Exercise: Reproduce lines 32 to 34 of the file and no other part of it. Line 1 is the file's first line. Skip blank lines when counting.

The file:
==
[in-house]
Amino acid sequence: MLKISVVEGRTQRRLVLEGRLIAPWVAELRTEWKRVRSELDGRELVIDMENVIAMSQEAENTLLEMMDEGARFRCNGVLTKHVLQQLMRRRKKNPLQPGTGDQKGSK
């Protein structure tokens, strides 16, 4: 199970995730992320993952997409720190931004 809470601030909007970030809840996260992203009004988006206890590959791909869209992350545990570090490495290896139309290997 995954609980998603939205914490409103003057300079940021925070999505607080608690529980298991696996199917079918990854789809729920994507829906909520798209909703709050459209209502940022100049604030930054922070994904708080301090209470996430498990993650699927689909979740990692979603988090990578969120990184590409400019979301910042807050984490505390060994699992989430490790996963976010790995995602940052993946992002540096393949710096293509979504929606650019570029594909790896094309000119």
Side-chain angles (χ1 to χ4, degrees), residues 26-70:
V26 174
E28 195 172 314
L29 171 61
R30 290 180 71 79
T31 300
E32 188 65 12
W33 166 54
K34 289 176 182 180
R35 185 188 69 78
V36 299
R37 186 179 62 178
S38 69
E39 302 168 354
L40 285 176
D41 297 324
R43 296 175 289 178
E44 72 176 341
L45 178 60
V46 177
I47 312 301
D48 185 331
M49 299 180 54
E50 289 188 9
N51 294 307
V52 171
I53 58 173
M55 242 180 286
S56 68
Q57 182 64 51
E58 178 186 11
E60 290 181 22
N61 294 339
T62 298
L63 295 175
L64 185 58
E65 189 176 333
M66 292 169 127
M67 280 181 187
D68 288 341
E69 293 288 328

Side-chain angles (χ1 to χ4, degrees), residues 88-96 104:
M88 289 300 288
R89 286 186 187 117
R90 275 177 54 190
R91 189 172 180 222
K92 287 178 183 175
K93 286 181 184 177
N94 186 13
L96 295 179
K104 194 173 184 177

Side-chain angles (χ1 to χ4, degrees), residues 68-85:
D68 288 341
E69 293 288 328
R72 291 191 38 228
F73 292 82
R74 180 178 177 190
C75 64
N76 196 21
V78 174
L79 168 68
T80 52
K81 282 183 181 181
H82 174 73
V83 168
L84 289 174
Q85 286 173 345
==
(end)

S56 68
Q57 182 64 51
E58 178 186 11